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Public university students distressed over INEC postponement of governorship elections 

Following INEC’s postponement of the gubernatorial elections to March 18, public university students in Nigeria express their concerns to Edugist.
A public university classroom in Nigeria. [Edugist]
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Students of public universities in Nigeria have expressed their distress and concerns over the recent postponement of the governorship elections by the Independent National Electoral Commission (INEC). The postponement means university students will remain at home for an additional one week.

INEC, the body responsible for conducting elections in Nigeria, postponed the gubernatorial and state assembly elections to March 18. The reason for the postponement, according to INEC, is because they [INEC] would need to take their time to manually configure over 176,000 Bi-Modal Voter Accreditation System (BVAS) machines—a system that combines fingerprint and face biometrics for identity verification of voters—for each polling unit across the country. 

The gubernatorial and state assembly elections which were previously scheduled for March 11, together with the general elections which were held on February 25, have been the major reasons why university students have remained at home due to growing security concerns.

Yesterday, March 9, Edugist reported an extension of tertiary institutions’ holiday by Nigeria’s federal government. In the report, Adamu Adamu, Nigeria’s Minister of Education, maintained that tertiary institutions will remain closed till March 20, 2023.

LASU final year students hardly hit

As a result of the elections’ postponement, final year students of Lagos State University (LASU) said they are hardly hit by the new development.

LASU had commenced second semester examinations before the NUC issued the directive to close down universities. Although LASU’s management was initially reluctant to grant the whole 3-week break to students, the ongoing financial crisis in the country left the institution with no other choice. 

Speaking with Edugist on the impact of the postponement on her plans after school, a final year LASU student who spoke on the basis of anonymity said she ought to have finished her final undergraduate examinations and signed out from school in the week leading to the NUC’s ministerial directive but the pause in academic activities has now delayed her. “Gradually, the break is hitting one month. That is how it builds up slowly and no one is saying anything. They should just allow me to sign out, please. The postponement means I cannot move forward with a graduate internship I secured. It is scheduled to begin by April. I am so sad right now.”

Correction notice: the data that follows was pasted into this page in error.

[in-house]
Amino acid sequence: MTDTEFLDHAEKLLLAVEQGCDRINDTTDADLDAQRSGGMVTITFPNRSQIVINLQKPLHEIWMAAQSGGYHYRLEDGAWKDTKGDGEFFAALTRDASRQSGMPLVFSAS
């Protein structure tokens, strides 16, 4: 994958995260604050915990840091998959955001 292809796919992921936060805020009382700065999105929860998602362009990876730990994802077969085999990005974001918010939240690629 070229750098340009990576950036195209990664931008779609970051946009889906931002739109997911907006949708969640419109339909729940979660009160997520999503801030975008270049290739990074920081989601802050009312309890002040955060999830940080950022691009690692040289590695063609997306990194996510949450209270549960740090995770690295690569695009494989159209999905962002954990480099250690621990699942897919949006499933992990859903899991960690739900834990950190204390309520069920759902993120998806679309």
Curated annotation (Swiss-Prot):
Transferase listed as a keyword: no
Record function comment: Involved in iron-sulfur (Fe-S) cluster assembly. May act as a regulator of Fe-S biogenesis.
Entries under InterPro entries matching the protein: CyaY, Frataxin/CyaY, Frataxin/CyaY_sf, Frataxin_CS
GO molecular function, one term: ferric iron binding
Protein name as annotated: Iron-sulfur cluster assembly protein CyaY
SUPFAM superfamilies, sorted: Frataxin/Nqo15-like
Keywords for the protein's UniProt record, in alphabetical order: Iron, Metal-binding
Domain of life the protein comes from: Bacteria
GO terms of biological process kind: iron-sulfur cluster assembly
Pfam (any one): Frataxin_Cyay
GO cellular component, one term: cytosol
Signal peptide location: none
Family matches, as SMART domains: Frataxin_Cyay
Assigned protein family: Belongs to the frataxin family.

Another LASU student from the department of physics who narrowly escaped the break because he finished his final examinations and signed out a day before the directive took effect in his school said he is grateful as he can now go ahead with his career plans without any “headache”. He however lamented the grave situation as related to his friends in final year who are caught in the web of the break. “It is a helpless situation for them really,” he told Edugist.

In an announcement made through LASU’s official handle on Twitter, the institution has directed students to resume on Tuesday, March 21, to continue second semester examinations.


I have spent 2 academic years in 100 level — UNILAG student

Victor, a freshman from the faculty of education, University of Lagos, said he has already spent two academic years at 100 level. “I just can’t say I am hopeless, but really, I am. I believe I won’t give up. After spending 2 years already at 100 level, I still have about 3 to 4 months left to finally finish from the same [100] level. I can’t even begin to calculate the amount of years this programme will take from my life, it is really a dire situation.”

While encouraging himself, stating he would utilise his period as an undergraduate to outsource opportunities, he said it is now hard to still pay attention to academics. “This school thing, it’s in God’s hand. I resumed as a fresher around October 2021, this is February 2023 and I am still in 100 level, second semester, it’s not funny at all,” Victor told Edugist.

He said his institution is yet to issue a directive regarding when to resume academic activities or to return back to hostels.

Schooling or money making? 

“Schooling requires sacrifice but I have grown weary of the consistent intermittent pauses in my school,” per a 300-level student of Ladoke Akintola University of Technology (LAUTECH) who identified simply as Carr. “I have neglected my money making means to focus on my academics but it appears I may have made the wrong decision.”

Carr said he would return to his laptop to begin “hunting freelance design gigs.”

Edugist earlier reported that, according to INEC, students make up the largest category of voters in terms of occupational distribution. As a result, students are an integral and indispensable part of the electoral processes and should be actively involved as regards participation.

In addition to the struggle to make up for lost time following the industrial strike action by the Academic Staff Union of Universities (ASUU) which kept students at home for eight months in 2022, the election postponement has affirmed that the previous 3-week break issued by the NUC would go one week further, totalling one month—if the gubernatorial and state assembly elections proceed as scheduled.

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